Dissertation Defense

Computer Architectures for Mobile Computer Vision Systems

Jason Lavar Clemons

Mobile vision is enabling many new applications such as face recognition and augmented
reality. However, the performance of mobile processors is limiting the capability of mobile vision

This dissertation presents an in-depth analysis of mobile computer vision applications and proposes
novel hardware and software optimizations with the goal to increase mobile computer vision processing
capability. We present the Michigan Visual Sonification System, a new mobile vision application that provides
navigational aid to the visually impaired. The development of this application gives insights into
the nature of mobile vision applications including the tradeoffs between performance and energy on
mobile processors. We then present MEVBench, a mobile vision benchmark suite that we built to determine
the computational characteristics of various mobile vision kernels. This analysis exposes the vector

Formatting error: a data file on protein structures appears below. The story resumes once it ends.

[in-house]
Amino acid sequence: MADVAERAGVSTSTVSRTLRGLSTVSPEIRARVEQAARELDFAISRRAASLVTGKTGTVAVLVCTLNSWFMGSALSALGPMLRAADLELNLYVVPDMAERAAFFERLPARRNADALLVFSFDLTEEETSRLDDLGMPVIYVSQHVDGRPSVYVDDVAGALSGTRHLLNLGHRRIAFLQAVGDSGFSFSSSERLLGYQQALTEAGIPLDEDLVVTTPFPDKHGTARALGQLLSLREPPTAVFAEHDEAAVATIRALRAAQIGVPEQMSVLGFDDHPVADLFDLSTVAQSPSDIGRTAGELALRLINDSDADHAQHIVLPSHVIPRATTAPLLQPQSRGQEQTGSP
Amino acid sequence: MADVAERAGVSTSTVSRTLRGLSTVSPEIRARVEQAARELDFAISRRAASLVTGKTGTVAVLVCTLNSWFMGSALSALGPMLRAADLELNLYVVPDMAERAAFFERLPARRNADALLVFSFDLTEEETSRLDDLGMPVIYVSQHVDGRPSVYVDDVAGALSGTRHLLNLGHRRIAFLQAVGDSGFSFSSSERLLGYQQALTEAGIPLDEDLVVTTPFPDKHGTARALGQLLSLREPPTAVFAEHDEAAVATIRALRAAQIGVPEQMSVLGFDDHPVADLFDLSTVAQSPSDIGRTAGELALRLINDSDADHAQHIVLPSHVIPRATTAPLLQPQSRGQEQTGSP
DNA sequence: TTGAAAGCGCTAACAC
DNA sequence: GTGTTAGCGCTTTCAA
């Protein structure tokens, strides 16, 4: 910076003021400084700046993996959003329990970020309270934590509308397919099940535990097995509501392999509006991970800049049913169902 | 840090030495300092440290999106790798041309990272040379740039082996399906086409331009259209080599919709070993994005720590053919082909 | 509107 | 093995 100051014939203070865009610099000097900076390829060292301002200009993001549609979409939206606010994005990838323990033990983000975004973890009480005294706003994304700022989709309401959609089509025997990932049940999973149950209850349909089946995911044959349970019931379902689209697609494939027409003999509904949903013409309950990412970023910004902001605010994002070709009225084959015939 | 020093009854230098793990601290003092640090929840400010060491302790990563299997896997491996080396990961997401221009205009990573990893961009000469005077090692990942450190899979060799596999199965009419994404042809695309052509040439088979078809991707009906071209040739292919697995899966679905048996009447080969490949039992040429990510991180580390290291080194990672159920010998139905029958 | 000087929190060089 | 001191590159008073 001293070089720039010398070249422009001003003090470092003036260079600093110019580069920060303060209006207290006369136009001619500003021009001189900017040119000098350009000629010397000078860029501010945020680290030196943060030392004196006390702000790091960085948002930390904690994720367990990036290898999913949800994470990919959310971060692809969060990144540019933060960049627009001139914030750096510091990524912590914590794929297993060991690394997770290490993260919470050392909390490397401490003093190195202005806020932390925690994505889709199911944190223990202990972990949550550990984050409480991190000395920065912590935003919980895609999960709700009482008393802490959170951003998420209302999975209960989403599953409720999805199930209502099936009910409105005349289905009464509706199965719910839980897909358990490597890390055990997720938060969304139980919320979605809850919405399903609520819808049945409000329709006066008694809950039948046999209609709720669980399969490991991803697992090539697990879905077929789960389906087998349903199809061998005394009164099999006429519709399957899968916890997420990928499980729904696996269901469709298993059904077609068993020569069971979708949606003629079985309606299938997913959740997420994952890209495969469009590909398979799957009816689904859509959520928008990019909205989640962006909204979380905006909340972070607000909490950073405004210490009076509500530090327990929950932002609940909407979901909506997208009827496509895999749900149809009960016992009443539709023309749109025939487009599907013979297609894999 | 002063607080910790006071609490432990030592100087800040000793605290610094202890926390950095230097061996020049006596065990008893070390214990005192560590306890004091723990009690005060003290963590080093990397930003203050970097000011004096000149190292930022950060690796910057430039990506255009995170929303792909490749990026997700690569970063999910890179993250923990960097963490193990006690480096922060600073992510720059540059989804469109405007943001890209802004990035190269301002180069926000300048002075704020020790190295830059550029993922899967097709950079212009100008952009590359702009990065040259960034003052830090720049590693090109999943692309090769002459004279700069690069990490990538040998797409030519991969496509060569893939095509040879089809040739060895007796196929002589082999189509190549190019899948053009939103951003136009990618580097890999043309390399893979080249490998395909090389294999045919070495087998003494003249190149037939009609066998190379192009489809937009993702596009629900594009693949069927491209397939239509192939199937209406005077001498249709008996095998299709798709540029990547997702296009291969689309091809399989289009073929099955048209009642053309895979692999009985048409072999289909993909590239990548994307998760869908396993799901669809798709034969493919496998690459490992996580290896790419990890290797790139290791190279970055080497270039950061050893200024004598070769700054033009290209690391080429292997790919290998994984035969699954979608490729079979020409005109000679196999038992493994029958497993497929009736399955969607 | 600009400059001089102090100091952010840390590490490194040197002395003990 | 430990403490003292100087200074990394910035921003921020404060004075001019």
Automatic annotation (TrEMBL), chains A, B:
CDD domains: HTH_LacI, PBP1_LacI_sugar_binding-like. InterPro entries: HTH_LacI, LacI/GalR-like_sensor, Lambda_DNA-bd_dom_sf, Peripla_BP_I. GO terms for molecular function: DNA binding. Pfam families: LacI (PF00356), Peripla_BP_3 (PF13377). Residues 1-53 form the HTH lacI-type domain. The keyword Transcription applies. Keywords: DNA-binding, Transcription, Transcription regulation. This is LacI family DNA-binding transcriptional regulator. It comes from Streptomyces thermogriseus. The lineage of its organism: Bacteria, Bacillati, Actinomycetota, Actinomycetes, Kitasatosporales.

reduction operations, the imbalanced task or thread parallelism and the 2D spatial locality in memory
accesses, all which we exploit in the pursuit of highly efficient mobile vision architectures.

Armed with a deeper understanding of computer vision processing, the core of this thesis focuses on software
and hardware based optimization to improve the efficiency of mobile vision processing. We begin
the optimization with a software optimization known as Single Eigenvector Solver (SEVS), an algorithm
that reduces the computation for augmented reality applications. We begin the hardware optimizations
with EFFEX, a heterogeneous multicore architecture that utilizes vector reduction functional units and a
2D memory controller to improve the efficiency of feature extraction. We close with the Efficient Vision
Architecture (EVA). EVA expands the EFFEX architecture by adding more custom accelerators for vision
operations beyond feature extraction. It also utilizes the tile cache to allow for both 1D and 2D spatial
locality in cache accesses. Overall, this dissertation demonstrates that an application specific approach
to processor design can create a flexible programmable design with significant efficiency improvements
in mobile vision performance when compared to currently available mobile processors. These works
enable the development of richer more capable mobile vision systems.

Sponsored by

Todd M. Austin